• For lubrication, use a water-soluble lubricant (e.g., K-Y Jelly®), not petroleum jelly (it inhibits absorption)
    • Insert the medication about a finger’s length into the rectum and place against the rectal wall
  • For liquid medications (e.g., solutions, suspensions, syrups):
    • Administer with a small, lubricated syringe
    • A catheter tip syringe can be useful as well as an enema bulb
    • A urinary catheter or nasal prong oxygen tubing cut to 6 inches and attached to a syringe can facilitate correct placement of the medication in the rectum
  • To assist in dissolution of medication, especially in dehydrated patients:
    • Instill 10 ml warm water rectally via syringe – up to 25 mL of liquid is usually easily retained
    • Keep volume of preparation less than 60 ml to avoid spontaneous expulsion before it can be absorbed

The Macy Catheter® is a device that incorporates many of the best practice principles above. Read on for a summary on this device.


The Macy Catheter® is a prescription device to be placed by a clinician. It can be purchased from www.Hospicorp.com or online medical supply websites like www.medline.com. Once in place, it can be used for repeat administration of liquid medications in solution or suspension form. The Macy Catheter is comprised of a dual port, dual lumen ballooned tube that is inserted in the rectum just past the rectal sphincter, where the retention balloon is inflated to hold the device in place.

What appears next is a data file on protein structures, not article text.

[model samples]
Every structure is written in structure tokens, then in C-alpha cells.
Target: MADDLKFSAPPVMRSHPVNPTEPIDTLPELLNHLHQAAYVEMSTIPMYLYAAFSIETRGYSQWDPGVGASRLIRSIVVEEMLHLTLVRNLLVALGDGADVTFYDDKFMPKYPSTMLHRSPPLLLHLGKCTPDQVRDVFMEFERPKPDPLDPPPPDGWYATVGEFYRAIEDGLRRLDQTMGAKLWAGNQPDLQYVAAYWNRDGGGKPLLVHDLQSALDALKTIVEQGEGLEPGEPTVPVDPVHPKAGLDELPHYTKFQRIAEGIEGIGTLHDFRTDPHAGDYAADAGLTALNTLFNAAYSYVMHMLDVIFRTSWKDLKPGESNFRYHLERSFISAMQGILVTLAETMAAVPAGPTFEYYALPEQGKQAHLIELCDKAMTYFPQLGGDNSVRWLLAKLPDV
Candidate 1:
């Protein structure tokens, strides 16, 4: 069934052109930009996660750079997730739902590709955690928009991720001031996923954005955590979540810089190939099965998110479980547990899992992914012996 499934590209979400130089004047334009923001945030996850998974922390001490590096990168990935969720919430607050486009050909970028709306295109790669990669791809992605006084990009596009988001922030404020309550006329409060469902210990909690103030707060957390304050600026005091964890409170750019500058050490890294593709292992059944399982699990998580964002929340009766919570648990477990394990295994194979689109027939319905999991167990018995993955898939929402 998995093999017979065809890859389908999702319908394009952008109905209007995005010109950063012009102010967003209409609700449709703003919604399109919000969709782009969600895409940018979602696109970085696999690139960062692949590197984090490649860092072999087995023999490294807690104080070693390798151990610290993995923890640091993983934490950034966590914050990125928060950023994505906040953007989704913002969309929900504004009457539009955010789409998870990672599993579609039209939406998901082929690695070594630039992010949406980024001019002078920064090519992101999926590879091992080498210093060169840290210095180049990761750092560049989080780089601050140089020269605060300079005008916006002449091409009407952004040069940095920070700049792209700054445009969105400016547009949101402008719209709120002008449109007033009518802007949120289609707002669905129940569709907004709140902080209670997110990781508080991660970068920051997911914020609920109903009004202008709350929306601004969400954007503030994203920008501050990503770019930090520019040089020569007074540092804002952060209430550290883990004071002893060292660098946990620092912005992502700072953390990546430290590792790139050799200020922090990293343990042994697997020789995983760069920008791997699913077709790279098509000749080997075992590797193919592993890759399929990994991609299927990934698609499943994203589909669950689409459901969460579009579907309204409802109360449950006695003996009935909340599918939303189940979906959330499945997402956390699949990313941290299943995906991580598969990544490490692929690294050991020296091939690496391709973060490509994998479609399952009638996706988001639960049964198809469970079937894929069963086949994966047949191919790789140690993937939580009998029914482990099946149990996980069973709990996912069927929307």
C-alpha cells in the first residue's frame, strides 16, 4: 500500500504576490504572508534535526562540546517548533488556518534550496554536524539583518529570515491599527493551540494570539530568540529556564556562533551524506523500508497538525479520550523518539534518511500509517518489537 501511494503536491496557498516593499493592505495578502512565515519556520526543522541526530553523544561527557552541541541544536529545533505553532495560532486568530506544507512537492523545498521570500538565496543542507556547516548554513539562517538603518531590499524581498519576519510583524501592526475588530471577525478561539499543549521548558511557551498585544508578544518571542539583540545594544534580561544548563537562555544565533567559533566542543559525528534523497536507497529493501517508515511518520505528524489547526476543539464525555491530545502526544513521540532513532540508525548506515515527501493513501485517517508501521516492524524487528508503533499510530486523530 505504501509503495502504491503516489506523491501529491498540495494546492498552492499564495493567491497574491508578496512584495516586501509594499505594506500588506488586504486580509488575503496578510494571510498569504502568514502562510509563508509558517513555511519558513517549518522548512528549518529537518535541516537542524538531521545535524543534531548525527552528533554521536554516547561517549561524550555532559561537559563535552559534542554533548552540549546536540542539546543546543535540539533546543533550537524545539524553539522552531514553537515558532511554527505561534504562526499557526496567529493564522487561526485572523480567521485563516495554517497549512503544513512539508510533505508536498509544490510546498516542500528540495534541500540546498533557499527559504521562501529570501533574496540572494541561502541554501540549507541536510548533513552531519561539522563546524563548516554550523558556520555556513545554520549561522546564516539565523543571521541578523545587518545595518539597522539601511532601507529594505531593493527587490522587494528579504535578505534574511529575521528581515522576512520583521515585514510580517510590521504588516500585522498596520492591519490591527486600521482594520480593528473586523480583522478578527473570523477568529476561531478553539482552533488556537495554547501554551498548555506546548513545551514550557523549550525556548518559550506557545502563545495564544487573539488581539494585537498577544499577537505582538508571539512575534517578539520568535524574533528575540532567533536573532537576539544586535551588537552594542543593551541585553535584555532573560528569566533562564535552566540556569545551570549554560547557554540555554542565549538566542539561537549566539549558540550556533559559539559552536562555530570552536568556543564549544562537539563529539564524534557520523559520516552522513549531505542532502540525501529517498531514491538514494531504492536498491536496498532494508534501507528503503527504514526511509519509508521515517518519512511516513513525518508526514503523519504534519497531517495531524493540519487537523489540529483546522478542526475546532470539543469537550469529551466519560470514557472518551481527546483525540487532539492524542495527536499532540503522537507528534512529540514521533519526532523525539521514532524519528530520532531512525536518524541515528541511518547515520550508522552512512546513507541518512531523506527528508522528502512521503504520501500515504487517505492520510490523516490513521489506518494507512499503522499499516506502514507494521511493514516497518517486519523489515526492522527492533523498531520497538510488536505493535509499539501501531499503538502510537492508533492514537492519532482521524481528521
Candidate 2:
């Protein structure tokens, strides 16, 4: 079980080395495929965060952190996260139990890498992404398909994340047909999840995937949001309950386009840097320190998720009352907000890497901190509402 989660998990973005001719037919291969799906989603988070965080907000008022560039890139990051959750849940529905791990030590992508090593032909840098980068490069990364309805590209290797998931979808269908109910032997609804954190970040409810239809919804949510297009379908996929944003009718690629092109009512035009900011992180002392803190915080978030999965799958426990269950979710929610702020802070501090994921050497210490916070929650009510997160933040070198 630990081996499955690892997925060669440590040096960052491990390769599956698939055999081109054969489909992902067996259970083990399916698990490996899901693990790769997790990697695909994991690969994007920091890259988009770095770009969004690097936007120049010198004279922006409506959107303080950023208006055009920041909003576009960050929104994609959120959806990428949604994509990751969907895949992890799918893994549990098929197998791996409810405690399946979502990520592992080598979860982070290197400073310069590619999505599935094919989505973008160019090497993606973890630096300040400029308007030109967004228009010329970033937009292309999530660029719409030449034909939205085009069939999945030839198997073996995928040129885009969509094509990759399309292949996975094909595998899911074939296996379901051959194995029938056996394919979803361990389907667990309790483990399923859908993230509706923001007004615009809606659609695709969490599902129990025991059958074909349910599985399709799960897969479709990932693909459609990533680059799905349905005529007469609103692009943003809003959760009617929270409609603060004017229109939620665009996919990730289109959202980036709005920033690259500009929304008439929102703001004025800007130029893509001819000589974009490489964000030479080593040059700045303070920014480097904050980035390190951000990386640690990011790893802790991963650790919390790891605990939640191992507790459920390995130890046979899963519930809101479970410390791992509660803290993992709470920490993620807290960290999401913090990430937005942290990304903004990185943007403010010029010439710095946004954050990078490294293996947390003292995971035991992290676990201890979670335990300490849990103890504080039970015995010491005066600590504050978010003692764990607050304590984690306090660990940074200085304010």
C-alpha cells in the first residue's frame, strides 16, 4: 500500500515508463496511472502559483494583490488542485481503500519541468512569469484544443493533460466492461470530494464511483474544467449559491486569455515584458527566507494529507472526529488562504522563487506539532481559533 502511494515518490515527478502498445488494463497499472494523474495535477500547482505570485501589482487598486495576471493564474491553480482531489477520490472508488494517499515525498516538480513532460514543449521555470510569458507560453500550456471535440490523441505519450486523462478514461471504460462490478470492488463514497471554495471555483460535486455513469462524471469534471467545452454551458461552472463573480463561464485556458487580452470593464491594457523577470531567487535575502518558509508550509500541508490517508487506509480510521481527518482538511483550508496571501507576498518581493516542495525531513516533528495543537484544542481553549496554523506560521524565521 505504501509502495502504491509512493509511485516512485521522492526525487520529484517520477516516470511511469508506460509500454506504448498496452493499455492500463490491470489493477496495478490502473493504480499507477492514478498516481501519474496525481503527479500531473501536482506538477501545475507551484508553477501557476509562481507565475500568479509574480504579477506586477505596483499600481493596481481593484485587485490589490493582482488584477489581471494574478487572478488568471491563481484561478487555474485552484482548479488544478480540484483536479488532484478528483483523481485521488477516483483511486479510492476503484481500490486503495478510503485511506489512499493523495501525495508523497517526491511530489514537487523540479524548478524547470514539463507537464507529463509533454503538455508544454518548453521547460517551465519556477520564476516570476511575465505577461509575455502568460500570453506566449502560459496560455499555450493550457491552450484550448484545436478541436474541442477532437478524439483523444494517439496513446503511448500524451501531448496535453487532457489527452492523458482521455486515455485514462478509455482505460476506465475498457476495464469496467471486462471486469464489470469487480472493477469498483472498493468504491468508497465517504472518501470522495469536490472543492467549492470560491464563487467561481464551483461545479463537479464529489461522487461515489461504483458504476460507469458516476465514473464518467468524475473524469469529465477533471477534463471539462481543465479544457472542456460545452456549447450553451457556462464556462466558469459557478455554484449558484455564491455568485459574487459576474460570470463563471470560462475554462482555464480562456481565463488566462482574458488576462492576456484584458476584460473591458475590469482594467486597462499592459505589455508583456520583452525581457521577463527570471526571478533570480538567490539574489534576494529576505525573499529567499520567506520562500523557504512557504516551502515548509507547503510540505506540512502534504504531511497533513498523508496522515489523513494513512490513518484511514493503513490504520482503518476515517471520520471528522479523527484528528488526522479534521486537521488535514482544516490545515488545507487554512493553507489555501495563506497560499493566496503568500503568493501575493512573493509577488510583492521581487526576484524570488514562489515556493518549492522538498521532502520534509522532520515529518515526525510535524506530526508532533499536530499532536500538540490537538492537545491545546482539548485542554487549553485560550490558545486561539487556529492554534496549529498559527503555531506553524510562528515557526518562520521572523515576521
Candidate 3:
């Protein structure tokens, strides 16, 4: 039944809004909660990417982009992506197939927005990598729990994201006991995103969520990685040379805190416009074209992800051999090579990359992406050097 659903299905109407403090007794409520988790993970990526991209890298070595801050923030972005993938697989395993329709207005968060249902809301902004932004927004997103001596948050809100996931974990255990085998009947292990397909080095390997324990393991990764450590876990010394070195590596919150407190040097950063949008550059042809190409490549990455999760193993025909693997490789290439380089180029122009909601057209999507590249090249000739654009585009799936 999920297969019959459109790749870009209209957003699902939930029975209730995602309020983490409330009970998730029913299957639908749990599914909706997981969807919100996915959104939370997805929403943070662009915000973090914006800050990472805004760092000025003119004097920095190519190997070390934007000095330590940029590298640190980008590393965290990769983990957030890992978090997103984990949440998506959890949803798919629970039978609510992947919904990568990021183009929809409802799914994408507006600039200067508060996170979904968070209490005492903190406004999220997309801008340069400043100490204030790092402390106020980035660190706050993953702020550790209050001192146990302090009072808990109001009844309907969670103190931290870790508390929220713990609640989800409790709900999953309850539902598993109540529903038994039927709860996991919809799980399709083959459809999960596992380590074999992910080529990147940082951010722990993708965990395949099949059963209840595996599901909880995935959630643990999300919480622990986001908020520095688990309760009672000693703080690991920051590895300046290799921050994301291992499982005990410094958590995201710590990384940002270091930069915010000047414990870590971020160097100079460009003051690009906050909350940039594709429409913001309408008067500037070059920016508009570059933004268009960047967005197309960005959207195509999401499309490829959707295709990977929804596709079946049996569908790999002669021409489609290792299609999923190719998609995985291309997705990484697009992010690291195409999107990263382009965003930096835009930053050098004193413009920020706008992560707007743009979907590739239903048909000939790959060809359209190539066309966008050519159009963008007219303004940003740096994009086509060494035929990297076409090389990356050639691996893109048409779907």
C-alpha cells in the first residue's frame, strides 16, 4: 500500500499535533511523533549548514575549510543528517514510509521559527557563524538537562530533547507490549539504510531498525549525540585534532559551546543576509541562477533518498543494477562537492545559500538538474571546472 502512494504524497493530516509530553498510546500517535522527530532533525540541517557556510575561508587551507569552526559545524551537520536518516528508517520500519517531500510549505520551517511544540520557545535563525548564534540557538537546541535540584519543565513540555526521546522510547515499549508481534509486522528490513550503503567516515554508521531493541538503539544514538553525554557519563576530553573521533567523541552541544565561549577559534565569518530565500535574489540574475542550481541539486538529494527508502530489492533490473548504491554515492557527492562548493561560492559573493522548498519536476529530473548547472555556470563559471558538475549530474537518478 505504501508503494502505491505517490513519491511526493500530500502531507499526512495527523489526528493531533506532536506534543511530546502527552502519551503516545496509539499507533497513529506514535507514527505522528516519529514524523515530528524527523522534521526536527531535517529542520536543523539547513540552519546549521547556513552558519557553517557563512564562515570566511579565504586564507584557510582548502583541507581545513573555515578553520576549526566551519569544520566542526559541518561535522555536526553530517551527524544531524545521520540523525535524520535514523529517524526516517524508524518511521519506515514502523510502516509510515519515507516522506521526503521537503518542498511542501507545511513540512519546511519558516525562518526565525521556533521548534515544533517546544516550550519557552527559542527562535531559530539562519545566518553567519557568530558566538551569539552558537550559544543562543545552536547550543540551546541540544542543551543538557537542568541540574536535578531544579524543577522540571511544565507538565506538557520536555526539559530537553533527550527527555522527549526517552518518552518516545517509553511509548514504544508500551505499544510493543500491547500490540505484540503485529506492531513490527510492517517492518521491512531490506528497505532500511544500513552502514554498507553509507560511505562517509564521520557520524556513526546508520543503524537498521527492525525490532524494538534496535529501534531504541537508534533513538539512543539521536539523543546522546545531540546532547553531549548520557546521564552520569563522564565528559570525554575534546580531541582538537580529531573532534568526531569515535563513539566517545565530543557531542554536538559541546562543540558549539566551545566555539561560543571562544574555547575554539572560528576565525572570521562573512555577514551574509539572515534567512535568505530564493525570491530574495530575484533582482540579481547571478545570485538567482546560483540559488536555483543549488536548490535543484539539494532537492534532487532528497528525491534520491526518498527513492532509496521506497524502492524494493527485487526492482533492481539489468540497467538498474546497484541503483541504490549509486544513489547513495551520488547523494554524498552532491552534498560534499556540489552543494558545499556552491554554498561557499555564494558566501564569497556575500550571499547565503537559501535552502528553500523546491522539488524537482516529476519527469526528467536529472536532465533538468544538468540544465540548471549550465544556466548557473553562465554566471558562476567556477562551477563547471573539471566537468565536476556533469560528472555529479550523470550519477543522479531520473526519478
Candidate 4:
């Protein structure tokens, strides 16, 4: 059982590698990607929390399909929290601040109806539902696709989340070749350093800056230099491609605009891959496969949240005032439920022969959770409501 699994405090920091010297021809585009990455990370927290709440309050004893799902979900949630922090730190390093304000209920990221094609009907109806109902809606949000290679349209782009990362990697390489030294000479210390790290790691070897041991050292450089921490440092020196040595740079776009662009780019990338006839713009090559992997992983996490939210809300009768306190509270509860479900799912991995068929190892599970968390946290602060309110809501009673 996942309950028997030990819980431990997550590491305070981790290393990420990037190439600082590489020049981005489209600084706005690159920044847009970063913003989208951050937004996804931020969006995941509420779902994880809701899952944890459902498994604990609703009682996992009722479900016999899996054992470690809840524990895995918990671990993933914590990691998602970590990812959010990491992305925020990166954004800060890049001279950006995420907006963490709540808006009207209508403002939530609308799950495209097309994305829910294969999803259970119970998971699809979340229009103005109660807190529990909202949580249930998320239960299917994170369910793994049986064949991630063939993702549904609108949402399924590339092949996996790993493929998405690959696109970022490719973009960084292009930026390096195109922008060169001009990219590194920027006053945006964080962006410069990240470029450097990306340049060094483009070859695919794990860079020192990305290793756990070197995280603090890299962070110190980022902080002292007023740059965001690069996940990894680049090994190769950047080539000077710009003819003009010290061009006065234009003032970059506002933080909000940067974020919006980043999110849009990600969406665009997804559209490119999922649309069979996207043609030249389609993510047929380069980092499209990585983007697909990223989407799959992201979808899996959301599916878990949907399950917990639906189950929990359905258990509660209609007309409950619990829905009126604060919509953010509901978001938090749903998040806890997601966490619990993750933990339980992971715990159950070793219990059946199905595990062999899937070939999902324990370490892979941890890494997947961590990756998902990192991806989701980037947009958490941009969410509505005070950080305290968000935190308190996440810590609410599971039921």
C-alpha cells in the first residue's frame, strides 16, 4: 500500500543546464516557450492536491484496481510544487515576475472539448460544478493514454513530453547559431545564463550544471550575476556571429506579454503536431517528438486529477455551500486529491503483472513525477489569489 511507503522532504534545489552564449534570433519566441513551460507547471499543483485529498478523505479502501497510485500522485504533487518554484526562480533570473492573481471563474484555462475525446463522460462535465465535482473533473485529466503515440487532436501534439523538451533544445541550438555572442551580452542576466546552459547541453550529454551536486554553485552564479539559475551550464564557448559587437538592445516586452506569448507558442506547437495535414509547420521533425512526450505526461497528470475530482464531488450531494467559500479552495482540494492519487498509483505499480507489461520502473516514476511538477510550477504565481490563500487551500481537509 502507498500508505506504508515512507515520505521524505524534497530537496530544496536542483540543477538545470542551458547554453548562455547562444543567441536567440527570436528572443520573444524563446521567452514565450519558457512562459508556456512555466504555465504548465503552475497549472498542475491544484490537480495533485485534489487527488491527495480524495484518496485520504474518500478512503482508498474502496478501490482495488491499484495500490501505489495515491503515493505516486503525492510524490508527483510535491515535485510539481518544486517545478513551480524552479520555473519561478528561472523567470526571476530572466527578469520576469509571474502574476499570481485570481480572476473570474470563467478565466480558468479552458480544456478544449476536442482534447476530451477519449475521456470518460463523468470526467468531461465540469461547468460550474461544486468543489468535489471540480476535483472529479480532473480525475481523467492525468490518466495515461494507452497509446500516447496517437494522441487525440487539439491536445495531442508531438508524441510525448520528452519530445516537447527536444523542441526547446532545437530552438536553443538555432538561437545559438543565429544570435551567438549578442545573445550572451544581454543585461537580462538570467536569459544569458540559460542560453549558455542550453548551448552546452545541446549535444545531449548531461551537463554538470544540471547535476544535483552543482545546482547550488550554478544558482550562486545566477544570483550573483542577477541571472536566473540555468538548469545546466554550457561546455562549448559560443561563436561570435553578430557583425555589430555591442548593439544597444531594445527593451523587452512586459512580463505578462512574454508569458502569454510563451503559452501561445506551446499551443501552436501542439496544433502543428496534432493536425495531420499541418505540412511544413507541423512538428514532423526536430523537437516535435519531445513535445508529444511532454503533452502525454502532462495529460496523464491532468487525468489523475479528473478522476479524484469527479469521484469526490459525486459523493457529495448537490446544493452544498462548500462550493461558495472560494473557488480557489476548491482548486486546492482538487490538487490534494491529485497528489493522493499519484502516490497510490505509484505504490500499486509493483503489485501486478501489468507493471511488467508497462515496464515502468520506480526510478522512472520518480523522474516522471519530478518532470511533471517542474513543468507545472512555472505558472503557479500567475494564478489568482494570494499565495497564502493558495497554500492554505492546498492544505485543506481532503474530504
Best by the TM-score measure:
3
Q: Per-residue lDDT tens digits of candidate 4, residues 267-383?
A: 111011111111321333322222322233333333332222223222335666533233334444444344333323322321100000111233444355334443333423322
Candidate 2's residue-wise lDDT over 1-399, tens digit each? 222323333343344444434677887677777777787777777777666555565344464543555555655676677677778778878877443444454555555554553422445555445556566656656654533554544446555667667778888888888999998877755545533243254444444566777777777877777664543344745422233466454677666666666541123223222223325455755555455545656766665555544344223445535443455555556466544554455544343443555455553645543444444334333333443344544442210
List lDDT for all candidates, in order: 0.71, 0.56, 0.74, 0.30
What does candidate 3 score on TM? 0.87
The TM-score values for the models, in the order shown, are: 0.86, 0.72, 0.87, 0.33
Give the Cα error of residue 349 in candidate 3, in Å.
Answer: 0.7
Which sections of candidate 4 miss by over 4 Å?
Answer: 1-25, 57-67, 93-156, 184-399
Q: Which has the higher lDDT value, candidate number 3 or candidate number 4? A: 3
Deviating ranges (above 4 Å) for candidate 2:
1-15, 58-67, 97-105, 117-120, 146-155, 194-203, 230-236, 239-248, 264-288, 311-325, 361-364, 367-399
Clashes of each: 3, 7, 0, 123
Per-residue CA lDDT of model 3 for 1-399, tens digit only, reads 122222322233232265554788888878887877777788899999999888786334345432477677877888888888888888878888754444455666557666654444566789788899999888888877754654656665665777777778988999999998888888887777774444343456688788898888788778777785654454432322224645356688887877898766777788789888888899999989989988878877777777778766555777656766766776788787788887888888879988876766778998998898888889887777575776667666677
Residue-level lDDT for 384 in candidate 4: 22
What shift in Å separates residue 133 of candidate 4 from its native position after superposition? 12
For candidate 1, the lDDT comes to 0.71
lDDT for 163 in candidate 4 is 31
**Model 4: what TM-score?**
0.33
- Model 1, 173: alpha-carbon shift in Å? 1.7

The Macy Catheter® medication port is specifically designed to be compatible with oral/enteral connectors only, reducing the chance of connection errors. The medication port also features a valve to prevent leakage and is designed to be non-clogging. The Macy Catheter® is also designed to expel with defecation, or it can be easily removed prior to a bowel movement. The balloon is smaller and softer than typical stool in the rectum.

Solid forms can be crushed, mixed with water, and delivered in a suspension or solution with an enteral syringe. Commercially available liquid or suspension forms of medications are injected directly into the catheter.

Liquipill System

The Liquipill System™ can be purchased along with the Macy Catheter® as part of the Bedside Care Kit and is used to prepare mini-enema suspensions from oral tablets. The kit contains a Liquipill Assembly, Water Reservoir Assembly, and 3 ml, 10 ml, and 20 ml Luer Lock Enteral/Oral Syringes. The Liquipill Assembly is a grinder attached to a reservoir for grinding tablets. The powdered tablets fall into the reservoir and 5-10 ml of tap water is added using the enteral syringe. The mixture is shaken or swirled to create a suspension and the contents are withdrawn and administered through the Macy Catheter® followed by an additional 3 ml flush.

Advantages of The Macy Catheter®

  • Saves expense and time required for a specialty pharmacy to compound suppositories
  • Can be used up to 28 days
  • Once placed, The Macy Catheter® minimizes the need to repeatedly access the patient’s rectum, which can be distressing
  • Lessens the need to reposition the patient for rectal administration, which can be uncomfortable for patients
  • Mini-enema suspensions appear to enhance Dissolving the tablet in this manner increases surface area compared to inserting a whole tablet and has faster onset and peak levels compared to suppositories.

Limitations of The Macy Catheter®

  • Cannot be used in patients with diarrhea; liquid stool in the rectal vault may interfere with adequate drug absorption.
  • Cannot be used to administer long-acting medications that otherwise can’t be crushed or opened


Download a copy of this month’s case study to share with your colleagues or to keep for personal reference.